I Needed No Kneaded Cinnamon Swirl Bread

I saw a picture of a loaf of cinnamon swirl bread online and that was it. I knew I would make it. It’s an enriched bread dough, stretched into a long rectangle, filled, and rolled up to make a swirl. It doesn’t require kneading, which is nice, although my Kitchen-aid mixer doesn’t really mind.

A few things I discovered as making the bread. When rolled out, stretch the rectangle to at least 18” and better if you can make it 10” x 22”. The longer the rectangle, and thinner the dough, the more rolls there will be and the better the cinnamon/sugar filling will be distributed.

If you have spring back when stretching the dough let it rest 5-10 minutes. The gluten is trying to contract and letting it rest will help. Other than that, the recipe is pretty accurate. BTW: it is delicious.

No Knead Cinnamon Bread

Makes 2 loaves
INGREDIENTS

DOUGH
• 6 cups (768g) unbleached all-purpose flour
• 1 tablespoon kosher salt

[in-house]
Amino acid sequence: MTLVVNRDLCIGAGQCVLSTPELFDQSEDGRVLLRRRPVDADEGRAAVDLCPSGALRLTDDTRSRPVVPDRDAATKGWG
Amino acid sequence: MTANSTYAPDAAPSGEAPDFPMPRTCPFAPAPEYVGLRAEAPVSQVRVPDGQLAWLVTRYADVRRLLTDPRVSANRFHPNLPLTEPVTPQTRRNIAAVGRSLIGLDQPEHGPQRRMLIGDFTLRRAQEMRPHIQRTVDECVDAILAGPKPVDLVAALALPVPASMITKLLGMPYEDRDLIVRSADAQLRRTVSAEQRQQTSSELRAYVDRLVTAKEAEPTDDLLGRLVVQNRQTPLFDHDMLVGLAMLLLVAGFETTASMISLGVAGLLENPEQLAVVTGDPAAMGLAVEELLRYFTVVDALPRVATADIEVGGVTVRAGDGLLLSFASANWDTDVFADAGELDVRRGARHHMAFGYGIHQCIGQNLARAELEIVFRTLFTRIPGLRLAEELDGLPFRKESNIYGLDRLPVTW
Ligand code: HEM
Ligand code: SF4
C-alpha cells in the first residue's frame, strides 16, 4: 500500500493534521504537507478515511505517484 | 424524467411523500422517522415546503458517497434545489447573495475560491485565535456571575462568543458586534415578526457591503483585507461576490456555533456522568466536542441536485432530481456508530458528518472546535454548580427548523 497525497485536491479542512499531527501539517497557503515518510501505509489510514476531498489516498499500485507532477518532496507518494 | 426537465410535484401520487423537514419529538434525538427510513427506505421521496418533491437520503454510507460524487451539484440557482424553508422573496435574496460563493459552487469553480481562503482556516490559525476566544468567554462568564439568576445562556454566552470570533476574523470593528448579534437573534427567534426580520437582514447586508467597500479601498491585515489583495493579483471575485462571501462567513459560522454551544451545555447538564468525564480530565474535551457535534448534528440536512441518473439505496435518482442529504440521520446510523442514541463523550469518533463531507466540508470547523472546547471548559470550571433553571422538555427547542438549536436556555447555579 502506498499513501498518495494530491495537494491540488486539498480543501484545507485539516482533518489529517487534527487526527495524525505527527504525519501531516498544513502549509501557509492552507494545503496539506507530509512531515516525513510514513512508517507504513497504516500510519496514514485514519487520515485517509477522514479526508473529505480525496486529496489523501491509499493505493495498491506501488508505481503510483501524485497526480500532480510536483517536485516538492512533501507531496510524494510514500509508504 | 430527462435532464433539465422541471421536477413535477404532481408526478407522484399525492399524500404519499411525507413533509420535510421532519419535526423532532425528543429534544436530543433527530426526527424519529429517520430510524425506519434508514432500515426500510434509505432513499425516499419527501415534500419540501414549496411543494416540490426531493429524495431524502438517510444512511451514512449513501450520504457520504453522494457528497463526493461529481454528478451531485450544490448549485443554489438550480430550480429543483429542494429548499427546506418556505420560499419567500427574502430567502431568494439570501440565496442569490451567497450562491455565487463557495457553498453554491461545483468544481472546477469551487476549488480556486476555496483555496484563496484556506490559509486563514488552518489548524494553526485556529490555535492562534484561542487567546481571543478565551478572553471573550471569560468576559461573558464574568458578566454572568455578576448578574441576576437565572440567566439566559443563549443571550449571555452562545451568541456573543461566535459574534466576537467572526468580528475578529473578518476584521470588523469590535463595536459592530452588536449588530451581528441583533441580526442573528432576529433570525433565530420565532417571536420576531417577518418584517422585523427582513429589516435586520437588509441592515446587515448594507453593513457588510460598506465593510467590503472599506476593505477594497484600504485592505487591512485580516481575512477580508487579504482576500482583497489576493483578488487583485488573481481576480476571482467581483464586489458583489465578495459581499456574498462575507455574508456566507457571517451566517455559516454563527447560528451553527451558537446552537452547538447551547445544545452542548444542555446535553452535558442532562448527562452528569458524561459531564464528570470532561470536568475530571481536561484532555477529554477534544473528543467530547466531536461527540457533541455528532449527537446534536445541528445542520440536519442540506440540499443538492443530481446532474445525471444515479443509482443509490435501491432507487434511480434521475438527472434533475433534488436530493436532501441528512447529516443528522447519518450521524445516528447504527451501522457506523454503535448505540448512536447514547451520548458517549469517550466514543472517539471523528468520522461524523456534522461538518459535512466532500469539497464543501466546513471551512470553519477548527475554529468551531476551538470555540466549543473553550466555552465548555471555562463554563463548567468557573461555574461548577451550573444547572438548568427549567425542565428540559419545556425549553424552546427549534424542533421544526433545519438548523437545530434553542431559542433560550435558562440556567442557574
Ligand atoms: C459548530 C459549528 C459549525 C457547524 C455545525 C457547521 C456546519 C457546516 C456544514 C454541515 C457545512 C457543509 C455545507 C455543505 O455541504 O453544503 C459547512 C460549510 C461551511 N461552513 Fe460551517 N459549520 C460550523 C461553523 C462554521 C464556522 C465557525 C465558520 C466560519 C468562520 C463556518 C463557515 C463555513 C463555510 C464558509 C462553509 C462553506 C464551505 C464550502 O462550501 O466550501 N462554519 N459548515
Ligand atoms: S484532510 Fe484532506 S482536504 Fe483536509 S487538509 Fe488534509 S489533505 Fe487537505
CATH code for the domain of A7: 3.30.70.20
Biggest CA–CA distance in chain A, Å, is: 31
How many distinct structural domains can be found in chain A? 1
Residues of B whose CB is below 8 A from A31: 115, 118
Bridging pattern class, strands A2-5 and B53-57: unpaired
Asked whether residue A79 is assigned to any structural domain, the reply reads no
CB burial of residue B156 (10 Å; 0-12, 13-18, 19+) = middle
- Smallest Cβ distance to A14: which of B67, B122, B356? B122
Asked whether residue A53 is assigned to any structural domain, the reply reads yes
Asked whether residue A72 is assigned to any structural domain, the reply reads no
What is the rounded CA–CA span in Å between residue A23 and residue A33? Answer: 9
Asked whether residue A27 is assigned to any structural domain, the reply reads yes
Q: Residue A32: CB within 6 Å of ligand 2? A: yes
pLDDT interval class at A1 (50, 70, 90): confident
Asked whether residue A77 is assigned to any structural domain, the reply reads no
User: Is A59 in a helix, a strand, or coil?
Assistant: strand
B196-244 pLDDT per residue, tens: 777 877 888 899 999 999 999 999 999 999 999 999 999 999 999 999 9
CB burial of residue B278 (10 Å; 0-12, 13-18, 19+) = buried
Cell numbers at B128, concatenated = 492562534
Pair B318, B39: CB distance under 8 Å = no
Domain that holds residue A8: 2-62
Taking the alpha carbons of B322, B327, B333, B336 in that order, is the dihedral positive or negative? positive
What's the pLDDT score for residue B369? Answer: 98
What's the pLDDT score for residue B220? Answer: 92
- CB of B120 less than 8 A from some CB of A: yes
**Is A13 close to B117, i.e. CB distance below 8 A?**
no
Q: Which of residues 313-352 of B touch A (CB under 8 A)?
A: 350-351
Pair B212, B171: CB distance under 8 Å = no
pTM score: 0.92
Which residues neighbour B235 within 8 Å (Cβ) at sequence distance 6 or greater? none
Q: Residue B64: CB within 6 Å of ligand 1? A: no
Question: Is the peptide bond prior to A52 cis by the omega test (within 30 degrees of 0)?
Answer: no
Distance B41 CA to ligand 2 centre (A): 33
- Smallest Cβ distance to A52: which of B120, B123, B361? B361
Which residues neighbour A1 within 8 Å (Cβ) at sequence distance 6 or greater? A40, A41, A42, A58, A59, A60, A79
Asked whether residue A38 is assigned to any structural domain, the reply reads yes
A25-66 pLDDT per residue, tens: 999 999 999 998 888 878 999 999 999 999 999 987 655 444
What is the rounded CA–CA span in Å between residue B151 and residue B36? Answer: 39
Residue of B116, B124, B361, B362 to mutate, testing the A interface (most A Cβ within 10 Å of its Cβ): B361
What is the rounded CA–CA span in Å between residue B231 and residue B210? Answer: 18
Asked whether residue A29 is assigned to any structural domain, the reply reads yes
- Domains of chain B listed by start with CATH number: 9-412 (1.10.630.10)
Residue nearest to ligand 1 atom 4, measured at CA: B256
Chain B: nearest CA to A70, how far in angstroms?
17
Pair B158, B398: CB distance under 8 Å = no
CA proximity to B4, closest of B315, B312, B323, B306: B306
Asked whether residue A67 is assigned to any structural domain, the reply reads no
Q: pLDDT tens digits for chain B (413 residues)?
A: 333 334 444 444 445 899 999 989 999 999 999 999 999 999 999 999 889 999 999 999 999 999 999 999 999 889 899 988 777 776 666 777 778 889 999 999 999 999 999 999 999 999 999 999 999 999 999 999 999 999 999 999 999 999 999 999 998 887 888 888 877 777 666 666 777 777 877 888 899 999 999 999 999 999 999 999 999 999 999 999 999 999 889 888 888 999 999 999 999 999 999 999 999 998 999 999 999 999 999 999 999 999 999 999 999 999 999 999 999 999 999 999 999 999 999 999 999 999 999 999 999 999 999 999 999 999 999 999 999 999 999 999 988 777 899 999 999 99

• ¼ cup (55g) granulated sugar
• 2½ teaspoons instant yeast
• 1½ cups (340g) buttermilk or milk
• 1 cup (236g) water
• 6 tablespoons (¾ stick, or 86g)) unsalted butter, melted
• Baking spray with flour
FILLING
• ¼ cup (32g) flour, for dusting the counter + 4 tsp to stabilize filling
• ½ cup (110g) granulated sugar
• 1 tablespoon ground cinnamon
• 1 egg beaten with 1 teaspoon water
• (Optional raisins, diced to less than ¼”)

METHOD
DOUGH:

  1. In the bowl of a stand mixer, whisk together the flour, salt, sugar and instant yeast.
  2. In a medium bowl, combine the buttermilk and water. Stir to combine, then heat to 100 -110F.
  3. Add the milk and water mixture then the melted butter. Mix until the liquid is absorbed and the mixture forms a sticky dough ball. (I added an additional ¼ c flour before it formed a good shaggy ball.)
  4. Cover and set aside in a warm spot to rise until the dough has doubled in bulk, about 1½ hours.
  5. Set a rack in the middle of the oven and preheat it to 375°F. Grease two 8.5-by-4.5-inch loaf pans generously with the softened butter.
  6. Release the dough from the sides of the bowl and pull it toward the center, then tip out onto a lightly floured bench. Gently deflate the dough and form into a rough ball.

ASSEMBLE THE BREAD: